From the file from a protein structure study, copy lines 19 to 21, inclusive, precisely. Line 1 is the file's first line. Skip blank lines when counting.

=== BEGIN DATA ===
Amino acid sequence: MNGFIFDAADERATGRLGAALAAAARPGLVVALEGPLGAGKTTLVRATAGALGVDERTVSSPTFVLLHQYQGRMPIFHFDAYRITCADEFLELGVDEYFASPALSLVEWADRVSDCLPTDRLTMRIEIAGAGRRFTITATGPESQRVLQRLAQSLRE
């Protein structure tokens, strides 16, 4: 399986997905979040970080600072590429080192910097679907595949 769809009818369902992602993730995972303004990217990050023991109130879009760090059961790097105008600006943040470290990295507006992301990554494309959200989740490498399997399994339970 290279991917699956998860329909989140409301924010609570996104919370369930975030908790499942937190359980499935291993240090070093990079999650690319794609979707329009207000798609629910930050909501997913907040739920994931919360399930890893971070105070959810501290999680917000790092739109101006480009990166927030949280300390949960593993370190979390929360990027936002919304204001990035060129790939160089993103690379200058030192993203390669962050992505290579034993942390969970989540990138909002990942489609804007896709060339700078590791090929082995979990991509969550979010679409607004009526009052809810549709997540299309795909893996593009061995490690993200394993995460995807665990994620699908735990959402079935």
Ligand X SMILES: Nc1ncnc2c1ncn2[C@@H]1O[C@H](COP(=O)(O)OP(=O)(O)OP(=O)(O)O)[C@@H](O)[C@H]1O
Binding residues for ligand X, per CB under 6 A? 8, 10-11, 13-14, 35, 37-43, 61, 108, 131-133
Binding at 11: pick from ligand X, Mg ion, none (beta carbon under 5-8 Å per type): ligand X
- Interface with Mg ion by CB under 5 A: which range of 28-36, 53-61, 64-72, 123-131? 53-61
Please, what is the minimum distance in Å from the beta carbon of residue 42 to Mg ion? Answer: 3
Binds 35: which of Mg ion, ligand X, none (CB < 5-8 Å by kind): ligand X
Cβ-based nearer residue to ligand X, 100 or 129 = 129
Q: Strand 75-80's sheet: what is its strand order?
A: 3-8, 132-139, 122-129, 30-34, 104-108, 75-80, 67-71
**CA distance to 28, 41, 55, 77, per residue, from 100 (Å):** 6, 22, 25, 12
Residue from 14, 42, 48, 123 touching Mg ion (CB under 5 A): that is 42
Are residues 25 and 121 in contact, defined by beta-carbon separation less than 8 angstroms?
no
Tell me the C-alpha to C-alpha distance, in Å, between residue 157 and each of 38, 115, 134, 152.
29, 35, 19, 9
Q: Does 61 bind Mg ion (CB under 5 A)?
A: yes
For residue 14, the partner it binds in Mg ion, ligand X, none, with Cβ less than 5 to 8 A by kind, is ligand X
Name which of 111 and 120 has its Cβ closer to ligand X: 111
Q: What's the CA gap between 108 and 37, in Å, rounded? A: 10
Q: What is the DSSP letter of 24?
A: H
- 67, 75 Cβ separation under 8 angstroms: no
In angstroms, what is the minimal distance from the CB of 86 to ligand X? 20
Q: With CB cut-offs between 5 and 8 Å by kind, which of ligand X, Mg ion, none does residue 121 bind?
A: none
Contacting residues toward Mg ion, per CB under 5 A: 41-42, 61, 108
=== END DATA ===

A: yes
For residue 14, the partner it binds in Mg ion, ligand X, none, with Cβ less than 5 to 8 A by kind, is ligand X
Name which of 111 and 120 has its Cβ closer to ligand X: 111